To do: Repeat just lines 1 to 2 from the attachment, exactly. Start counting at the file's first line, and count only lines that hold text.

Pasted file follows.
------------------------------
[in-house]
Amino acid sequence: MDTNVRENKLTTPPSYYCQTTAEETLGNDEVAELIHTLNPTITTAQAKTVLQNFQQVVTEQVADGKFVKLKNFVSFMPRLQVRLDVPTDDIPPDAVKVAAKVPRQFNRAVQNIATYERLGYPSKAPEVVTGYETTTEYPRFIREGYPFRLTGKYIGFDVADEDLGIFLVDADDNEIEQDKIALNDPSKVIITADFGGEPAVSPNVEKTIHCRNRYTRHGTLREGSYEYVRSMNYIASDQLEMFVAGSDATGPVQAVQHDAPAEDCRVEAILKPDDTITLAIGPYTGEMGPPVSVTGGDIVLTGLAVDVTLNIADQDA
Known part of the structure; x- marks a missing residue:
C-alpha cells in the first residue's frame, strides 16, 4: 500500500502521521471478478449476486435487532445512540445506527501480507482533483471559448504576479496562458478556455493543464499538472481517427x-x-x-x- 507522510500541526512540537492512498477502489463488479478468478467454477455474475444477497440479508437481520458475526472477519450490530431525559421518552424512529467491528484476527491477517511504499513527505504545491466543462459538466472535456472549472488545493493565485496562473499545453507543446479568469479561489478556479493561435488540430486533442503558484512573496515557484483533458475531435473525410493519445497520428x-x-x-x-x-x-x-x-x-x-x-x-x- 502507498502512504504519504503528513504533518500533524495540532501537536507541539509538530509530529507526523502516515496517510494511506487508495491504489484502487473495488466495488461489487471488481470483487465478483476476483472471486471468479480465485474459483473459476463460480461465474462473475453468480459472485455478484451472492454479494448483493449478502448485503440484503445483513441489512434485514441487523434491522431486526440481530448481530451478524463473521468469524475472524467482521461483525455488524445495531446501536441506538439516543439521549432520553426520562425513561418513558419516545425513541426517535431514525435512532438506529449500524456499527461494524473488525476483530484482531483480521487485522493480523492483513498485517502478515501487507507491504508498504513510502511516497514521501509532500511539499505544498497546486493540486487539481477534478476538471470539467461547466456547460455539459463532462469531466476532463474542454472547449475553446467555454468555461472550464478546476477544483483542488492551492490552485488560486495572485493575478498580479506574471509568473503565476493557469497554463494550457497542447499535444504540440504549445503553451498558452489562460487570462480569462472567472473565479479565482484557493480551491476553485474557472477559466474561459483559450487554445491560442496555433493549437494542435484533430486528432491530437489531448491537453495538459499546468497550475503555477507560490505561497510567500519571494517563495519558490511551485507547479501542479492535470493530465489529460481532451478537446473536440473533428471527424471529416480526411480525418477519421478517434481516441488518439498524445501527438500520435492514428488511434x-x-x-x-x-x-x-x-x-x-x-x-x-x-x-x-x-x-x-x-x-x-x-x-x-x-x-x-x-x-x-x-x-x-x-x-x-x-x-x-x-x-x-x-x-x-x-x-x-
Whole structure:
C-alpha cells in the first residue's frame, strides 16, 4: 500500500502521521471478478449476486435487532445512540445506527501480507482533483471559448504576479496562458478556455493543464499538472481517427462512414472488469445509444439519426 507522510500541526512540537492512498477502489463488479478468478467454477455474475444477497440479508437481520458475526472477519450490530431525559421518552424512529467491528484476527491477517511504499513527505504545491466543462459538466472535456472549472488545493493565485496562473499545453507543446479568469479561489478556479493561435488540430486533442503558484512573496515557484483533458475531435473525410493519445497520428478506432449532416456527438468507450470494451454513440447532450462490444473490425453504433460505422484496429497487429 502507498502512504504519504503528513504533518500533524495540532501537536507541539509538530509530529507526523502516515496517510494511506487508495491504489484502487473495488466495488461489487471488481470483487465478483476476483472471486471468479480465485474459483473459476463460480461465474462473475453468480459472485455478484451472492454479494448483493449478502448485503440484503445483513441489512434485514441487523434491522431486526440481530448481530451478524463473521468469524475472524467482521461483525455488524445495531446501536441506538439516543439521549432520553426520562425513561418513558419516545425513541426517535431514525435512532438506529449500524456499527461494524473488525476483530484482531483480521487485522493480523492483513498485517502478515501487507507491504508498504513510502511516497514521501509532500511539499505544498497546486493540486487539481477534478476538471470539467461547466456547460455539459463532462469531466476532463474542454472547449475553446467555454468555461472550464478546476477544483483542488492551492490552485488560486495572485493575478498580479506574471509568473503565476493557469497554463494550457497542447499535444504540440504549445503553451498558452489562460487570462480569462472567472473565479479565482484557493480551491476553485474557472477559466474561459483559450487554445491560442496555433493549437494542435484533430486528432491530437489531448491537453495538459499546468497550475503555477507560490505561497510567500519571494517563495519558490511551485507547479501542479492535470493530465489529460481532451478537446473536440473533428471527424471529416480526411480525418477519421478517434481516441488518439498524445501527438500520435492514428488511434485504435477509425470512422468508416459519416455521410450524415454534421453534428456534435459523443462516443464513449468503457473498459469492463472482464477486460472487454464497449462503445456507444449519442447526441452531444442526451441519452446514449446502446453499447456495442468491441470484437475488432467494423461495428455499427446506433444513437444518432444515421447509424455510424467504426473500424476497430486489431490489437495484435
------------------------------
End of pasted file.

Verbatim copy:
[in-house]
Amino acid sequence: MDTNVRENKLTTPPSYYCQTTAEETLGNDEVAELIHTLNPTITTAQAKTVLQNFQQVVTEQVADGKFVKLKNFVSFMPRLQVRLDVPTDDIPPDAVKVAAKVPRQFNRAVQNIATYERLGYPSKAPEVVTGYETTTEYPRFIREGYPFRLTGKYIGFDVADEDLGIFLVDADDNEIEQDKIALNDPSKVIITADFGGEPAVSPNVEKTIHCRNRYTRHGTLREGSYEYVRSMNYIASDQLEMFVAGSDATGPVQAVQHDAPAEDCRVEAILKPDDTITLAIGPYTGEMGPPVSVTGGDIVLTGLAVDVTLNIADQDA